- The Washington Times - Monday, July 6, 2009

Today, U.S. forces are smaller and stretched even further around the world. The U.S. base at Bagram, Afghanistan, for instance, is halfway around the world from the center of the 48 contiguous states near Lebanon, Kan. On any given day, about one-third of the armed forces are deployed abroad.

Moreover, on Independence Day, America’s military stretch was aggravated by national political and economic turmoil. In its 233rd year, it would seem the nation is badly in need of retrenchment — not a retreat into the isolation of yesteryear, but a step back to take a deep breath, reflect a bit and sort out priorities.

A debate over how deeply the United States should be engaged with the rest of the world has been running off and on since World War II left the United States standing as the world’s most powerful nation. Perhaps nowhere were opposing views better expressed than in the visions of President Kennedy, a Democrat, and President Nixon, a Republican.

In 1961, Mr. Kennedy proclaimed: “Let every nation know, whether it wishes us well or ill, that we shall pay any price, bear any burden, meet any hardship, support any friend, oppose any foe to assure the survival and the success of liberty.”

In contrast, Mr. Nixon in 1970 declared: “America cannot — and will not — conceive all the plans, design all the programs, execute all the decisions and undertake all the defense of the free nations of the world.” The Nixon Doctrine called on other nations to provide their share for the common defense.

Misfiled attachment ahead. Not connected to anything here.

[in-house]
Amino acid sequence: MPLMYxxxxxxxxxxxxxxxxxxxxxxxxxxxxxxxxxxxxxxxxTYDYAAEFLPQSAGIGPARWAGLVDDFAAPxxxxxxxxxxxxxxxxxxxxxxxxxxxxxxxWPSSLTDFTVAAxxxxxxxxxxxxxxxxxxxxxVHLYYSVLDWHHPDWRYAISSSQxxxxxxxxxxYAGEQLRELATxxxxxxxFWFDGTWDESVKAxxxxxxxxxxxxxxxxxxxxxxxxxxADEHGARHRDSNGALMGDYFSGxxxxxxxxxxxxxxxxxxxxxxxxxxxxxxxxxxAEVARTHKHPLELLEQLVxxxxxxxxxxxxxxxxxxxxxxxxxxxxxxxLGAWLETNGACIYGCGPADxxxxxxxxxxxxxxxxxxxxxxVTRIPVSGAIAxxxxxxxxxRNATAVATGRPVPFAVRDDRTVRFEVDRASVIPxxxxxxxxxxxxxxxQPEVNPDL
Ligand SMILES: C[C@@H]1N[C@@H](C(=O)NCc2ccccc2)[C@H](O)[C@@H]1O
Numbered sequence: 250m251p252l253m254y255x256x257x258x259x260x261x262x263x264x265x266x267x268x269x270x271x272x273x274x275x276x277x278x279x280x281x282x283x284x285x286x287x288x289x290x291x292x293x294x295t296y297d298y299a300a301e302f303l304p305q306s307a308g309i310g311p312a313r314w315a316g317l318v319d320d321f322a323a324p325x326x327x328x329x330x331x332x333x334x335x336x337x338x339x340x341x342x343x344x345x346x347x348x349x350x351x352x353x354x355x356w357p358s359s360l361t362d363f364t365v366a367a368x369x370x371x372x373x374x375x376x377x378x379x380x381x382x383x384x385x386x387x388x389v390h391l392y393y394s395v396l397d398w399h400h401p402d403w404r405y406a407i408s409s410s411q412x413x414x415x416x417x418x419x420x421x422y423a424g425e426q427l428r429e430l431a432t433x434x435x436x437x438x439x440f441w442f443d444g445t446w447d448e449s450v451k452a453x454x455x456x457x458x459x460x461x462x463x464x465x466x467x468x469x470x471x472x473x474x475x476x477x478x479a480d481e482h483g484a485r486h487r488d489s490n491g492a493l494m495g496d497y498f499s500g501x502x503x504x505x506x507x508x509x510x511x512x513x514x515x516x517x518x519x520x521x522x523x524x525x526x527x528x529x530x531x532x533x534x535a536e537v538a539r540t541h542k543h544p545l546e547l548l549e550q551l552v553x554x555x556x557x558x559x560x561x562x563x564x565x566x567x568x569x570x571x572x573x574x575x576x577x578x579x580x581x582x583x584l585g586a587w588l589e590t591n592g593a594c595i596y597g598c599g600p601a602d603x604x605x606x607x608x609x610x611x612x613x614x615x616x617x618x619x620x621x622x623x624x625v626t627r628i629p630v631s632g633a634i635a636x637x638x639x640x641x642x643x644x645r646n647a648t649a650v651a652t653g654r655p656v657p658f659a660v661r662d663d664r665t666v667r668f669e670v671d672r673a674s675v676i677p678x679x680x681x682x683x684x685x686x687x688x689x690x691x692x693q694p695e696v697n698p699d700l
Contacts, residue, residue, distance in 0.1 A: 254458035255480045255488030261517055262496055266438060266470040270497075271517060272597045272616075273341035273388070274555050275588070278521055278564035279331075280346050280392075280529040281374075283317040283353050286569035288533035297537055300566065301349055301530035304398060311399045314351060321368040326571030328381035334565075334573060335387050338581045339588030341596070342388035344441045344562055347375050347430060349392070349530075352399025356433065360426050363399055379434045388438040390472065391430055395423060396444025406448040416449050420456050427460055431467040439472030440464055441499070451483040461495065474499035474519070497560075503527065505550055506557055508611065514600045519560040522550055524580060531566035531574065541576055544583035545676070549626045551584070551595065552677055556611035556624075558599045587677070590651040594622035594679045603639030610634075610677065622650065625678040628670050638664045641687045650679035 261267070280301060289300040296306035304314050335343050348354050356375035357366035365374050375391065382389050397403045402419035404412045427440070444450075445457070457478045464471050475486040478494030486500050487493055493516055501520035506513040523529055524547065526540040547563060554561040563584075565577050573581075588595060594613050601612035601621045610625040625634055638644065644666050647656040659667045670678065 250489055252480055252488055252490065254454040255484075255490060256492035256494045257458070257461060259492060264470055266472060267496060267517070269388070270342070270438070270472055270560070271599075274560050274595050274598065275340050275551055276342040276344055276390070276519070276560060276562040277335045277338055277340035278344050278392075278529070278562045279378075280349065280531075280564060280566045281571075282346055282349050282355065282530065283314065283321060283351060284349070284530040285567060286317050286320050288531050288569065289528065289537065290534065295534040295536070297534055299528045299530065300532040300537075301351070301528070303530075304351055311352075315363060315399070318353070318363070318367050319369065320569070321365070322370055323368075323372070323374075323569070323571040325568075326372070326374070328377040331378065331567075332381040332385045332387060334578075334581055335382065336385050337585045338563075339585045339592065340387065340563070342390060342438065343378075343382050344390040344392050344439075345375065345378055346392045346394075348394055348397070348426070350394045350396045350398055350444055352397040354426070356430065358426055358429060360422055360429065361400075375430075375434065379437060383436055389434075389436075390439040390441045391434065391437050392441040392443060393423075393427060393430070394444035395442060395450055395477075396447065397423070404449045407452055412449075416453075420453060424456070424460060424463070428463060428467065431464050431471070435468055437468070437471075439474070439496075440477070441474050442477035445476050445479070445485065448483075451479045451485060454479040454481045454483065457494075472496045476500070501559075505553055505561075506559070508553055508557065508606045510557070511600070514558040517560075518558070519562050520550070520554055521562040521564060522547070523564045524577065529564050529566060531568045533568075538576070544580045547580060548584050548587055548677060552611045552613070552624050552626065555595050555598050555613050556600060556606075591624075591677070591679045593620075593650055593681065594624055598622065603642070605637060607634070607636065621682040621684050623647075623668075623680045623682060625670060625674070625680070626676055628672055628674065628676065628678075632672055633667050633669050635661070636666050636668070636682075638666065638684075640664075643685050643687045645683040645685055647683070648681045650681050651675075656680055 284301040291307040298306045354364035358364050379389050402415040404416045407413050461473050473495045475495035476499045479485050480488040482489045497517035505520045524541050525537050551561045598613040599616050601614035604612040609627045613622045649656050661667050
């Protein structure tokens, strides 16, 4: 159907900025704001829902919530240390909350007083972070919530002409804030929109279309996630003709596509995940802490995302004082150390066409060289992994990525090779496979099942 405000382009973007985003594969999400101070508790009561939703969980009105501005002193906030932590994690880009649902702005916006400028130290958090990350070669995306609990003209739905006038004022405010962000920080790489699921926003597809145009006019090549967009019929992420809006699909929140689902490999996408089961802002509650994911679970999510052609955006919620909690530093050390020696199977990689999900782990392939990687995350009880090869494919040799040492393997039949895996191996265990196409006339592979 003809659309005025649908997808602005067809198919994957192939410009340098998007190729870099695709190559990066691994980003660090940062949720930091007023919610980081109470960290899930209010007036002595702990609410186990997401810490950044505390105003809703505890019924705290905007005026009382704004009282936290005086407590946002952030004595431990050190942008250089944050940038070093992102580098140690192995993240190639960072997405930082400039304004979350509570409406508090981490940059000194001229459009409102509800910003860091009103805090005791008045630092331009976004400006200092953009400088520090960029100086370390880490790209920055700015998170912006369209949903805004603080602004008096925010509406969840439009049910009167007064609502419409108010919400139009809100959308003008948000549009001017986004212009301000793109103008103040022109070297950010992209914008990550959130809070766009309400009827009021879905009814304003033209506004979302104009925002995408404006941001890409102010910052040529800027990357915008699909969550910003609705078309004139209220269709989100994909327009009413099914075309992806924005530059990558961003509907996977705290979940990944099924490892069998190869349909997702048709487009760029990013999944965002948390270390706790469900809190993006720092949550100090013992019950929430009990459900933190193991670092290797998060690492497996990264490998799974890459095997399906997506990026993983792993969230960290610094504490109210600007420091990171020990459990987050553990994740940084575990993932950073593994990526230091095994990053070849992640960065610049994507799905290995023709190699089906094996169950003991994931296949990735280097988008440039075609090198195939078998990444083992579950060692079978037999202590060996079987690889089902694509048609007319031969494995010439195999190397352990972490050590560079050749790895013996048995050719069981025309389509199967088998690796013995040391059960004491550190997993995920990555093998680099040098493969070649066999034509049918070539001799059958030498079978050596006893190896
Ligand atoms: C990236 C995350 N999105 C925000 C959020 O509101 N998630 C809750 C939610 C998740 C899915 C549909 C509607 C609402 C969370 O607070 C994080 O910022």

In the ensuing years, the Kennedy view has persisted, and the United States is still the policeman of the world despite occasional American demands that somebody else resolve the issue of the day. Since the terrorist attacks of Sept. 11, 2001, homeland security has gotten more attention but still has not become the main concern of Washington.

In foreign policy, priorities really need sorting out. Precedence should go to long-neglected relations with Canada and Mexico and, by extension, Central America. With 5,000 miles of undefended Northern and Southern borders, the United States must have friends across those borders.

Beyond that, the United States should give priority to alliances with Britain, Australia and Japan, the island nations off the Eurasian land mass. India, the subcontinent cut off from Eurasia by mountains, desert and jungle, is a likely candidate to be added to that group. Israel, with which the U.S. has long had special ties, rates high priority.

In diplomacy, the United States is understaffed, undereducated and underfunded. Eight former secretaries of state — including Republican Henry A. Kissinger and Democrat Madeleine K. Albright — recently called for a larger and better-trained U.S. diplomatic corps, especially in foreign languages. The secretaries cited a report saying that “sending diplomats abroad without language skills is like deploying soldiers without bullets.”

The eight secretaries asserted that the State Department “lacks the personnel to send to language training at a time when nearly 20 percent of regular positions in embassies and in the State Department are unfilled.”

Finally, American politicians don’t help much. Far too many seem more concerned with their own agenda and special interests than with the interests of the communities, states or the nation they were elected to serve. Too few, in any political party, evince any study - let alone mastery - of the international issues of the day.

Richard Halloran is a freelance writer based in Honolulu.

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